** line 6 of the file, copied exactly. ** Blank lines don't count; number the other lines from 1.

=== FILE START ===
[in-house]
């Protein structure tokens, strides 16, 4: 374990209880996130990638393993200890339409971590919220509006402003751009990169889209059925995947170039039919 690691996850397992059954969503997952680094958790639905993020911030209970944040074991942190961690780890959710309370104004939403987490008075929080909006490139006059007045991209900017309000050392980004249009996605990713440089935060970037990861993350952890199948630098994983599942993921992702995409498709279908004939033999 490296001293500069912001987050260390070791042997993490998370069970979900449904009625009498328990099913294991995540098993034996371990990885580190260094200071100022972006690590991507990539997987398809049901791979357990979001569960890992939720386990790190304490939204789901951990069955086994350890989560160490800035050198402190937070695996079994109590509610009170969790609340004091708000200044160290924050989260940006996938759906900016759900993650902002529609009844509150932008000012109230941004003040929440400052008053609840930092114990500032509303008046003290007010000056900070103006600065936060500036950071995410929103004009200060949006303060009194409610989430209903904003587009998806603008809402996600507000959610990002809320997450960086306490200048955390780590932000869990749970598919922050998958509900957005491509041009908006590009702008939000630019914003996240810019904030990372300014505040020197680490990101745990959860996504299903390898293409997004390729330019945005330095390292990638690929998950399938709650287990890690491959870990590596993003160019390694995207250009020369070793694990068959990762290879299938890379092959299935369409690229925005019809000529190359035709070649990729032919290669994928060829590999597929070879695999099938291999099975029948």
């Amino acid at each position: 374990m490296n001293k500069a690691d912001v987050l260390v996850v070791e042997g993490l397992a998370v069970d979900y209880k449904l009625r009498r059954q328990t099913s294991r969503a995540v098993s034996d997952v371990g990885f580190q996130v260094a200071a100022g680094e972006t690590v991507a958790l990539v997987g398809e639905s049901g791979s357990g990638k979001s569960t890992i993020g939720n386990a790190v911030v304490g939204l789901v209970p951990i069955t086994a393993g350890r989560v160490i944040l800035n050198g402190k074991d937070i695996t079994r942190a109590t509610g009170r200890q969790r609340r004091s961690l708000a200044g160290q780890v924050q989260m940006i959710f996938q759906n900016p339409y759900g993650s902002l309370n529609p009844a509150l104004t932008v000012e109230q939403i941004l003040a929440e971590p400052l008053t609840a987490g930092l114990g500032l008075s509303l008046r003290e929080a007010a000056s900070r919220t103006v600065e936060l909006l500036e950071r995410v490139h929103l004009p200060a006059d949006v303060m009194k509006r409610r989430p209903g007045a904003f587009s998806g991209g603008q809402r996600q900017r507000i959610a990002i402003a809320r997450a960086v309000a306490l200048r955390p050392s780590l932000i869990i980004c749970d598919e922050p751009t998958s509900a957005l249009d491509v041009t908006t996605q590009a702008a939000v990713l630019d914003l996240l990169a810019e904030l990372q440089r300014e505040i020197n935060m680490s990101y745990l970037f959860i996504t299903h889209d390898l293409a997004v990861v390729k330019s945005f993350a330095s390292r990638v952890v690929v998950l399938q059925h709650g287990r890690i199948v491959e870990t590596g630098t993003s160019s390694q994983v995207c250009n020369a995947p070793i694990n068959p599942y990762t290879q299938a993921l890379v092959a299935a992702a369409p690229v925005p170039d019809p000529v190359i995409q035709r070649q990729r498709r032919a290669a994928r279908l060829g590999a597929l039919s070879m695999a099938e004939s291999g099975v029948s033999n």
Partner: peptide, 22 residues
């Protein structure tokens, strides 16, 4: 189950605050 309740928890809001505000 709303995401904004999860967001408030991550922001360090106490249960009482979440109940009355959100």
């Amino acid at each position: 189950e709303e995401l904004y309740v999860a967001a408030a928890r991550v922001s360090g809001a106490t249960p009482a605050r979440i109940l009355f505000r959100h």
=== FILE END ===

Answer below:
């Amino acid at each position: 189950e709303e995401l904004y309740v999860a967001a408030a928890r991550v922001s360090g809001a106490t249960p009482a605050r979440i109940l009355f505000r959100h």